“Difficult, messy problems with no clear answers are the ones that commonly fall on the desks of top managers. To solve them, leaders must do more than gather facts and perform analyses; they must draw on their “intelligence, feelings, imagination, life experience, and…sense of what really matters, at work and in life.” Harvard’s Joseph L. Badaracco proposes five essential questions that leaders can ask about any situation to help them determine what they must do: What are the net, net consequences? What are my core obligations? What will work in the world as it is? Who are we? What can I live with? He explores each question in turn, examining how it has been used by great philosophers and thinkers of the past and how it illuminates dilemmas and tragedies of the present. For instance, he notes that “the first great humanist question asks you to look directly at the ugly consequences. In particular, you have to look at outcomes that impose hardship and serious risk on innocent people.” It’s an outlook that is simultaneously sobering and uplifting. (Harvard Business Review Press, US$35)




Streaming Sharing StealingSTREAMING, SHARING, STEALING

For 100 years, despite changes in technology and delivery methods, the entertainment fields of books, movies, and music each have been dominated by three to six major players who controlled both talent and distribution. But even though they’ve demonstrated their ability to weather intermittent upheavals, they’ve never faced concentrated concurrent assaults from multiple sources—until now, say Michael D. Smith and Rahul Telang, both of Carnegie Mellon. The authors list the range of changes ushered in by digital technologies: distribution channels with nearly unlimited capacity, global digital piracy networks, new low-cost production techniques that enable anyone to produce content, new powerful distributors such as Amazon and Apple, and advanced computing and storage facilities. This “converging set of technological and economic changes…together are altering the nature of scarcity in these markets, and therefore threatening to shift the foundations of power and profit in these important industries,” write Smith and Telang. The answer? “If the entertainment industries hope to prosper in the rapidly changing business landscape of the digital age, they will have to harness the power of detailed customer-level data and embrace a culture of data-driven decision making.” The rest of the book explains how. (MIT Press, US$29.95)





If you want to convince people to buy a product or join an activity, the first thing you must do is create a “privileged moment” that predisposes them in your favor. For instance, scientists who asked shoppers to participate in a survey only successfully engaged 29 percent of those they approached—until they first led off with the question, “Do you consider yourself a helpful person?” Nearly everyone answered yes. When the next question was, “Will you participate in this survey?” 77.3 percent said yes, because they wanted to stay aligned with their “helpful” personas. Arizona State’s Robert Cialdini presents this and dozens of other examples of the preparatory work marketers, advertisers, and bosses can employ to persuade others to agree to a plan of action or behave in a certain way. He knows there are strong ethical questions to consider, and he devotes a chapter to them. But he also presents a fascinating and engaging glimpse into the world of persuasion, and it’s a lot more pervasive and evanescent than we might think. To get someone to consider your product or your proposal, he notes, “it’s not necessary to alter a person’s beliefs or attitudes or experiences. It’s not necessary to alter anything at all except what’s prominent in that person’s mind at the moment of decision.” (Simon & Schuster, US$28)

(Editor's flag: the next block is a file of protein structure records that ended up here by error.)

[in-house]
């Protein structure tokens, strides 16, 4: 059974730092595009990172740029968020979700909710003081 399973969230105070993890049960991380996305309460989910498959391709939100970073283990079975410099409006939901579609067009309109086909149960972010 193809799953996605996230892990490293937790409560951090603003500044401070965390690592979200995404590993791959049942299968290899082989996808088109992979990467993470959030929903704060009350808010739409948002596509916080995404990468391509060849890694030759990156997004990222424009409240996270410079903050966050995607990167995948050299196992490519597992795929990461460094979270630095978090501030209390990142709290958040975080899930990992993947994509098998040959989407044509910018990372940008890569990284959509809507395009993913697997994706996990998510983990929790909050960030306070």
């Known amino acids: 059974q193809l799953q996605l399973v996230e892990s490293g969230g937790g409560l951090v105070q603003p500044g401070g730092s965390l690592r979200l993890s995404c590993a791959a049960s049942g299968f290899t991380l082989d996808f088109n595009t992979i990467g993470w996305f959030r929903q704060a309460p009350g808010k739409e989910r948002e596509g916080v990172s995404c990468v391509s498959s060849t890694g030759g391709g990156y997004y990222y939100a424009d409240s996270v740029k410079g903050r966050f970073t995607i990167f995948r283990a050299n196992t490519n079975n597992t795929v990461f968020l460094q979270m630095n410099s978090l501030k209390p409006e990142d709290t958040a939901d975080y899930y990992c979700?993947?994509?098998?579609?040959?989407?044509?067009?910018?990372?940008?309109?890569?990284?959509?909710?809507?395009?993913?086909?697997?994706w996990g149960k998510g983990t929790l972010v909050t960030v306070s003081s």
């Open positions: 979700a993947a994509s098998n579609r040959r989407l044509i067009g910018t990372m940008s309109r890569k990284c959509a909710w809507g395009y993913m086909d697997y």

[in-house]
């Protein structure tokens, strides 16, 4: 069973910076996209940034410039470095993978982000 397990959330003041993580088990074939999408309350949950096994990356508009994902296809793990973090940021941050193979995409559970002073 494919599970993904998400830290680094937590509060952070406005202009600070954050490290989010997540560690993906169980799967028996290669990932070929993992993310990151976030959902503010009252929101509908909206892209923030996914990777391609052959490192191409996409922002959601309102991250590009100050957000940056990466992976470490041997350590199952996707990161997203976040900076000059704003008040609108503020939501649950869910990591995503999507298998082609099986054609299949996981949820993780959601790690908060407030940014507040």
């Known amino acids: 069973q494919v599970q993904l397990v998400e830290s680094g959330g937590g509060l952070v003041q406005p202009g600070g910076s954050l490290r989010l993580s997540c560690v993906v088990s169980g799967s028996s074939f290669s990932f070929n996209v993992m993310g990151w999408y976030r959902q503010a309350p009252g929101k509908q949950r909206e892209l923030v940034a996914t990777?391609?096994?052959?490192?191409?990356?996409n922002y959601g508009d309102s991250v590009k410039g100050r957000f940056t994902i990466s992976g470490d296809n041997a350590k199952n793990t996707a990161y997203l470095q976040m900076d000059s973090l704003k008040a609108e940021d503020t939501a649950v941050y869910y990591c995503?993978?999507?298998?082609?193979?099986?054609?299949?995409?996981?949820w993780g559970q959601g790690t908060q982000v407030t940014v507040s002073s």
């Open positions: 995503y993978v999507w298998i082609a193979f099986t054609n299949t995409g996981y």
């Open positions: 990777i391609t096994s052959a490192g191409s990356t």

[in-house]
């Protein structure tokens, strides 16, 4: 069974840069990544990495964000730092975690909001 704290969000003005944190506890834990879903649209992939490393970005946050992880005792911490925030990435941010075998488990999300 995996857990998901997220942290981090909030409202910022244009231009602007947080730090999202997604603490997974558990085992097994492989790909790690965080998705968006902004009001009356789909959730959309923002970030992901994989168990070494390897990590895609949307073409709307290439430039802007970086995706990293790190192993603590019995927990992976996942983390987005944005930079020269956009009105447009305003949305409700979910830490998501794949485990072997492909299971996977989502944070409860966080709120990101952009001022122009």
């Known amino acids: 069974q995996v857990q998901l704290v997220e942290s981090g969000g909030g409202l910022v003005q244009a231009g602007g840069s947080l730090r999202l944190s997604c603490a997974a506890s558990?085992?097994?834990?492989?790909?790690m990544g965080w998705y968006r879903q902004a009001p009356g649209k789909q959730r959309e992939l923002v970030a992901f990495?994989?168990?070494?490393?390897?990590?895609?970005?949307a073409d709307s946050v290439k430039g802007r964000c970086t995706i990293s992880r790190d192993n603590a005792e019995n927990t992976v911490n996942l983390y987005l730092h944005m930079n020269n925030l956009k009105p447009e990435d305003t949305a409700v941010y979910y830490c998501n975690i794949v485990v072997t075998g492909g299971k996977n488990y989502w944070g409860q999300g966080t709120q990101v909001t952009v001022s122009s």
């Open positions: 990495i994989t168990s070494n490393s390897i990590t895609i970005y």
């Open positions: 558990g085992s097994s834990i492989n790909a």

What holds you back from achieving your dreams both at work and at home? Most likely, it’s you: your self-doubting thoughts, your habitual behaviors, your negative attitudes. Harvard’s Susan David—a psychologist, coach, and consultant—presents evidence that people need to understand and work with their negative emotions while not letting old patterns dominate their lives. When they master that skill, which she calls emotional agility, “they are able to tolerate high levels of stress and to endure setbacks, while remaining engaged, open, and receptive.” She explores the four “essential movements” of emotional agility: showing up, stepping out, “walking your why,” and moving on. She backs each one with current behavioral research and field examples that include exercises she’s led for high-level executives. “Our raw feelings can be the messengers we need to teach us things about ourselves and can prompt insights into important life directions,” she writes. They’re not always welcome messengers, but they’re essential. (Avery, US$27)